In geometry a quadrilateral is a four-sided polygon, having four edges (sides) and four corners (vertices). The word is derived from the Latin words quadri, a variant of four, and latus, meaning "side". Another name for it is tetragon, derived from greek "tetra" meaning "four" and "gon" meaning "corner" or "angle", in analogy to e.g., pentagon. "Gon" being "angle" also is at the root of calling it quadrangle, 4-angle, in analogy to triangle. A quadrilateral with vertices , , and is sometimes denoted as .[1]

Some types of quadrilaterals
Edges and vertices4
Schläfli symbol{4} (for square)
Areavarious methods;
see below
Internal angle (degrees)90° (for square and rectangle)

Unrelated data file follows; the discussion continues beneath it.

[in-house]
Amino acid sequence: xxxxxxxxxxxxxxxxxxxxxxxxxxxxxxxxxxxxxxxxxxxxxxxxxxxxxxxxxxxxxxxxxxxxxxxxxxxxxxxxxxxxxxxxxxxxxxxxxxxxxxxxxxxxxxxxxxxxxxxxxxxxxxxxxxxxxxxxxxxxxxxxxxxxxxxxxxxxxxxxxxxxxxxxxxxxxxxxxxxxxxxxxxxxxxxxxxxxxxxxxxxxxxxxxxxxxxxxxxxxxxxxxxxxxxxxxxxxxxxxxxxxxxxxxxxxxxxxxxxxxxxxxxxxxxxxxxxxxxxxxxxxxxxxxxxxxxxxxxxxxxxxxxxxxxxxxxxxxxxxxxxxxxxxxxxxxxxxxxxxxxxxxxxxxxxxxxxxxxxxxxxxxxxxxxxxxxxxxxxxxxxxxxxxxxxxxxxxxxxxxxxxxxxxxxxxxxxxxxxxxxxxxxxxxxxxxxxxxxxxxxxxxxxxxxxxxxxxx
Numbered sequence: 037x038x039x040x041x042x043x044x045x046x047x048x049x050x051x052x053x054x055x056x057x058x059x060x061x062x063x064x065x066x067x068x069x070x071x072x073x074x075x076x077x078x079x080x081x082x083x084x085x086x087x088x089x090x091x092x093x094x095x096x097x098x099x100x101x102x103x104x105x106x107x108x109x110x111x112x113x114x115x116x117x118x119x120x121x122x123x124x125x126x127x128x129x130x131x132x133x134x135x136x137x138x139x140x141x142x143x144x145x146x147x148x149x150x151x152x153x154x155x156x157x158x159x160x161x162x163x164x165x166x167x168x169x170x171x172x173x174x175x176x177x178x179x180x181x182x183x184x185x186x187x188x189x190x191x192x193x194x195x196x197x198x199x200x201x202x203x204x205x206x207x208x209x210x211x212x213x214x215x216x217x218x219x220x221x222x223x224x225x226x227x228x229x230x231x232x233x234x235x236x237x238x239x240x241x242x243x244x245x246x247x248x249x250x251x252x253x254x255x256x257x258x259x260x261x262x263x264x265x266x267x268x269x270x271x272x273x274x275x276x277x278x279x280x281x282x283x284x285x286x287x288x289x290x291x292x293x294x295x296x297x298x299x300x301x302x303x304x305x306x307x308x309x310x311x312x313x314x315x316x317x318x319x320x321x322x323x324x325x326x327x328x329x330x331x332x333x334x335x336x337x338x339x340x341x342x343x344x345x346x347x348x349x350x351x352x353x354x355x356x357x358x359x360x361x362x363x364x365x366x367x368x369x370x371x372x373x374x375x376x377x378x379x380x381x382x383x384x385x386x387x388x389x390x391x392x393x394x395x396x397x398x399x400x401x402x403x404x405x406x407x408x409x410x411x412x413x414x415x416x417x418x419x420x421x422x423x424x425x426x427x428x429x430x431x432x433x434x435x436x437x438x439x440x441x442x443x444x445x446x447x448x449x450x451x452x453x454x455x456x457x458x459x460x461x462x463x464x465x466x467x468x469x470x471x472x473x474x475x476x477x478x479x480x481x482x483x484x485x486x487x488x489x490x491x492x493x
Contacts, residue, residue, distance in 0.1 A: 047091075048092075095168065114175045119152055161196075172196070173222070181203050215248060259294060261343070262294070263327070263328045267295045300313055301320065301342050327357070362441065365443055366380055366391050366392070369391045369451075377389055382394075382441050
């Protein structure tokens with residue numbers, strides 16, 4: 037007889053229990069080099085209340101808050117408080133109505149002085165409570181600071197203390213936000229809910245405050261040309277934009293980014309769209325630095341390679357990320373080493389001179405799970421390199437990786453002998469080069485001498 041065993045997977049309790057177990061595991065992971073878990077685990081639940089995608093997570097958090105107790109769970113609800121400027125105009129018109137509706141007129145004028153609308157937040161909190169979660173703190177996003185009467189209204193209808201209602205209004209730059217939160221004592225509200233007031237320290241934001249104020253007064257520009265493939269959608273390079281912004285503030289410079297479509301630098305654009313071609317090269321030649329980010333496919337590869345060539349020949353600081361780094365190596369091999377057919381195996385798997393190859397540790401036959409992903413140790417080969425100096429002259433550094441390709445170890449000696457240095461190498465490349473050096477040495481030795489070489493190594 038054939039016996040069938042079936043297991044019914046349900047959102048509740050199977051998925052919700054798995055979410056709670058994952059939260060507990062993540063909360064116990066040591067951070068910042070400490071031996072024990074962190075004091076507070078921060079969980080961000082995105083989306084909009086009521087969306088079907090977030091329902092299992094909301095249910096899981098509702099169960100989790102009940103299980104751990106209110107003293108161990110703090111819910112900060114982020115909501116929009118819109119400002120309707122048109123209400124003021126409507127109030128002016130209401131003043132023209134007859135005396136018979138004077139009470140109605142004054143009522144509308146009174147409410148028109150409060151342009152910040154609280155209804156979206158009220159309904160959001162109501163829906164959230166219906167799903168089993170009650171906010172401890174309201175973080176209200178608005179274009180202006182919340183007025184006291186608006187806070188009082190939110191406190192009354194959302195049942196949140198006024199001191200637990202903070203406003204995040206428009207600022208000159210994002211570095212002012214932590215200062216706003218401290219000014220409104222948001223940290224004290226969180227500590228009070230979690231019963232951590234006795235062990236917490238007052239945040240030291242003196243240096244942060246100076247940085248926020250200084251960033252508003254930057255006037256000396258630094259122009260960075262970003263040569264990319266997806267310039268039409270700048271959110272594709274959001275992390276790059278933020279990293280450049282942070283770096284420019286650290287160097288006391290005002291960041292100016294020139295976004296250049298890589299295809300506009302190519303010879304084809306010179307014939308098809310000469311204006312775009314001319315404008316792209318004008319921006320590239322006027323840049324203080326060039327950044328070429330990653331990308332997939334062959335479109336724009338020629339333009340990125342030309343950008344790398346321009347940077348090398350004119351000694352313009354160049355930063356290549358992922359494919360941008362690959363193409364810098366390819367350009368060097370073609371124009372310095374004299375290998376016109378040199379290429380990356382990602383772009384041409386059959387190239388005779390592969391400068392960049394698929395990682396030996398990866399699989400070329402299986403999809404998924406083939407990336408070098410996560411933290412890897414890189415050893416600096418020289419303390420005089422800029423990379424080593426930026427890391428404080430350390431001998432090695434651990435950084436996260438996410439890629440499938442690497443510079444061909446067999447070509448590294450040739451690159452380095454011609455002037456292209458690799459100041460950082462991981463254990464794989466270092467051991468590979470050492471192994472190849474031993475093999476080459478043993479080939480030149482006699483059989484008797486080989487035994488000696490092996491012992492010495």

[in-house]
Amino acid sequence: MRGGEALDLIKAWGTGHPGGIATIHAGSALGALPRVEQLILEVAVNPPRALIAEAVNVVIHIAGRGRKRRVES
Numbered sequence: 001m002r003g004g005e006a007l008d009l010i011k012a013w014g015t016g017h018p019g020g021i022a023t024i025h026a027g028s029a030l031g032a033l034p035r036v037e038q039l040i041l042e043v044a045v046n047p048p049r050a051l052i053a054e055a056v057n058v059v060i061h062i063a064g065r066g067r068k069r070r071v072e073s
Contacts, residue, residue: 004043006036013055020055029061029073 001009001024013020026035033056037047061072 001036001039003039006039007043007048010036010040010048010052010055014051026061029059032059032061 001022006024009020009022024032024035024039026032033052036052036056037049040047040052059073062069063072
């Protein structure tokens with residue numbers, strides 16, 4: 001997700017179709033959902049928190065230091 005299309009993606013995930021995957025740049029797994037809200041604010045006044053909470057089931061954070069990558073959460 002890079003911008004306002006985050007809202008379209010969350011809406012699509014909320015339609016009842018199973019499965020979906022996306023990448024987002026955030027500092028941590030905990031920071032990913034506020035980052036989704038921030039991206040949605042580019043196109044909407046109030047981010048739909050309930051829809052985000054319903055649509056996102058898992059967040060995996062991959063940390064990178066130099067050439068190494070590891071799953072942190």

Quadrilaterals are either simple (not self-intersecting), or complex (self-intersecting, or crossed). Simple quadrilaterals are either convex or concave.

The interior angles of a simple (and planar) quadrilateral ABCD add up to 360 degrees of arc, that is[1]

This is a special case of the n-gon interior angle sum formula: (n − 2) × 180°.

All non-self-crossing quadrilaterals tile the plane, by repeated rotation around the midpoints of their edges.[2]

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